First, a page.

A popular reggae musician who is down with a life threatening ailment and has since been hospitalised is crying for help from well-meaning Nigerians.
A Nigerian reggae star, Uti Kennedy Nduka, popularly known as Yellow Banton, is currently stranded at Gbagada General hospital, Lagos, after undergoing skin cancer surgery.
He underwent a blood transfusion last weekend, but there are indications the ailing reggae star may not be discharged if his medical bills are not paid.
Banton, who is down with Basal Cell Carinoma, BCC, an aggressive skin cancer, underwent his first surgery recently and lost a lot of blood.
Although the surgery was successful, the reggae star is still at the hospital.
Actress and broadcaster Mabel Oboh, through her non-governmental organization, Centre for Save Our Stars, an NGO caring for Nigerian entertainers, is responsible for his treatment.
Narrating his ordeal, Oboh said the ailing musician needs the support of everyone, including his colleagues in the music industry to survive this trauma.
According to her, "Yellow Banton has been discharged from the hospital, but he cannot go home now because he's homeless. That's the dilemma we are in, and nobody is coming to his rescue."
Oboh, however, lamented the discouraging attitude of Banton's colleagues from Ajegunle, accusing them of abandoning him to his fate.
"Aside from Baba Fyro, no other AJ musician have visited Yellow Banton in the hospital or contributed a dime to save his life. I am expecting solidarity funds from Nigerian musicians to save one of their own. I am feeling very disappointed with the artistes," Oboh lamented.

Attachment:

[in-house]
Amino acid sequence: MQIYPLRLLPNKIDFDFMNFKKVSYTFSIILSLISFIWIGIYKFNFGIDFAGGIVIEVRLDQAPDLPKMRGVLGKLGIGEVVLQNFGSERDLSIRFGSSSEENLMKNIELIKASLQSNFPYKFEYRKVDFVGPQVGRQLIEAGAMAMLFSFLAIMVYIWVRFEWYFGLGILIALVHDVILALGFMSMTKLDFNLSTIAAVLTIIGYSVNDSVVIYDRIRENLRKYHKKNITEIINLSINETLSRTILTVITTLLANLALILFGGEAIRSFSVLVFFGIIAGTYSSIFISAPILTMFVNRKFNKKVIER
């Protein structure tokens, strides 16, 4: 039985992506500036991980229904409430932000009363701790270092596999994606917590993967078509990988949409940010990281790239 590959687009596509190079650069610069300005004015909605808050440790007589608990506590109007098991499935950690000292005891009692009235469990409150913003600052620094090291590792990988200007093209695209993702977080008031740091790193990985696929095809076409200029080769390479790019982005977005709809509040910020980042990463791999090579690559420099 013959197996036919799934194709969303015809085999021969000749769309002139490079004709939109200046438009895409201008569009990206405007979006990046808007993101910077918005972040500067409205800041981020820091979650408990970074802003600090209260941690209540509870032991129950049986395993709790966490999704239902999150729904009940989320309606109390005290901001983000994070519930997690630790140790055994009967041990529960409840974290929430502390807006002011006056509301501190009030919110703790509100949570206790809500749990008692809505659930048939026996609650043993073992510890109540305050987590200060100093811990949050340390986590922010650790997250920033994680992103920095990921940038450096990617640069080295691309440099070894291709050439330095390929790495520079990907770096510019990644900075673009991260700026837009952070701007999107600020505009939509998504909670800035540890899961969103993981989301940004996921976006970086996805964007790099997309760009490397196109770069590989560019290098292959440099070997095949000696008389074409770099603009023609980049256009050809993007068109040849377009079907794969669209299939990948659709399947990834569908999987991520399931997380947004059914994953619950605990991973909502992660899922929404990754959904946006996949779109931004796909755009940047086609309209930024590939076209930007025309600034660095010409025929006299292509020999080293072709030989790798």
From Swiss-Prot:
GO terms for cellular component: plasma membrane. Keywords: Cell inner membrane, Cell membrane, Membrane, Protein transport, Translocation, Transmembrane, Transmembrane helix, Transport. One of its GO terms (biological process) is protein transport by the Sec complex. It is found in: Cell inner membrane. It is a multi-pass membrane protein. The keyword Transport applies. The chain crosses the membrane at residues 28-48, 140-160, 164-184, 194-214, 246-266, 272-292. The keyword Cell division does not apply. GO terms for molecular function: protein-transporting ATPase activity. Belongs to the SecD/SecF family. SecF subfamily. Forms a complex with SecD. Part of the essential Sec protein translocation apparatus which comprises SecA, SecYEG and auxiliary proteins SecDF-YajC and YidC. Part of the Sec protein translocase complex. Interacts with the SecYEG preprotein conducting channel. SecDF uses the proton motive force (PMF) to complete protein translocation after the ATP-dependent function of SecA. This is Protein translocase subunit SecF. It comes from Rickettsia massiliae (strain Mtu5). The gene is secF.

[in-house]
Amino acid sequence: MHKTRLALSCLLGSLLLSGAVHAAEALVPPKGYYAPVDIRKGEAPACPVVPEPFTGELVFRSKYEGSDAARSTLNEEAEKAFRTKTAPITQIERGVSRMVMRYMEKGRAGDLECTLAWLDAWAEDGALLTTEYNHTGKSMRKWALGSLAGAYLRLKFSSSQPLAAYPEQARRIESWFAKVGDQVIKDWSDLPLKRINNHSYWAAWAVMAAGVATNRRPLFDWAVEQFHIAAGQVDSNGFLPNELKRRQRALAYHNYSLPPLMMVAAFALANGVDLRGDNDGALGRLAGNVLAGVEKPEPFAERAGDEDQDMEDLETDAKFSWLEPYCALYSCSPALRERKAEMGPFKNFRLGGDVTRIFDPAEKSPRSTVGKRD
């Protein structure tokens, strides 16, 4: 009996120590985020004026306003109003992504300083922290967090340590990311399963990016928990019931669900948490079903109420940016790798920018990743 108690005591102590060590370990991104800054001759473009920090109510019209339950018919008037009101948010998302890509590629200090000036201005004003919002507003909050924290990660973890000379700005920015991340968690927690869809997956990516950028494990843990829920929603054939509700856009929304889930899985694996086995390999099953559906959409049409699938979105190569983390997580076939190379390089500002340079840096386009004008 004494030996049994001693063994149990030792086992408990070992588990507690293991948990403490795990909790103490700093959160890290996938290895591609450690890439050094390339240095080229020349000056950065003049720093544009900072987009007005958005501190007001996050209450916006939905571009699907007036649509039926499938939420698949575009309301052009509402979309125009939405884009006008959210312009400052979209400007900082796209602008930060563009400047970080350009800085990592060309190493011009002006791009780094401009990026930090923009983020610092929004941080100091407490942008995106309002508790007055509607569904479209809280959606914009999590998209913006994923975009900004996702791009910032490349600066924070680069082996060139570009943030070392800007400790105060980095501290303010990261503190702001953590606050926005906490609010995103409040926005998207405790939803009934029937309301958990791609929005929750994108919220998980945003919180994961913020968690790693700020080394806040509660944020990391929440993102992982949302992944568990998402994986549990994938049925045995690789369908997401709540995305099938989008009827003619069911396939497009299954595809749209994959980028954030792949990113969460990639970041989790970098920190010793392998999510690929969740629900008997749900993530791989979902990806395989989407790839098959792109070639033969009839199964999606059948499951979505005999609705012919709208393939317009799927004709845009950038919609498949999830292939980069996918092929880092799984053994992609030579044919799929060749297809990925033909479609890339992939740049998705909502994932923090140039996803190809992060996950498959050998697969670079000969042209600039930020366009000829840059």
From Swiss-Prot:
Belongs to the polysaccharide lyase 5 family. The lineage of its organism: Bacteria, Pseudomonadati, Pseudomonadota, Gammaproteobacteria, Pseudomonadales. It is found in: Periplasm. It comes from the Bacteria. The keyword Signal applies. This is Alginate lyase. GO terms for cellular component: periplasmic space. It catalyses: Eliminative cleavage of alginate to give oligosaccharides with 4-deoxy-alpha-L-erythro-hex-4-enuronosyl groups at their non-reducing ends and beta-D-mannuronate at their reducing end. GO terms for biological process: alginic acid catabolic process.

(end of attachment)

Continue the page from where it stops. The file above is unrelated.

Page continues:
She said Yellow Banton lost a lot of blood after the transfusion, but his condition has been stabilised at the moment.
She, however, hinted that the ailing musician may be moved out of the hospital today as a result of the ongoing strike embarked upon by the health worker.
"The hospital workers embarked on industrial strike on Wednesday, and they allowed him to be in the hospital till yesterday. He's still in the hospital because we have no place to keep him. We have to secure a place that is comfortable and hygienic for him. But we don't have the fund to pay the hospital bill and if we don't offsetthe bills, the hospital management may not allow him to leave the premises," said Oboh.
She thanked two diaspora team members, Esy Oluwafemi and Priscilla Okpuzor who donated some money to enable them commence his treatment.
The ghetto singer, Yellow Banton, was famous in the late 90's and early millennium.
He is renowned for infusing pidgin language into reggae music successfully in a unique way.
His popular tracks include "Na Who Dey Make Them Dey and Happy Onyibo".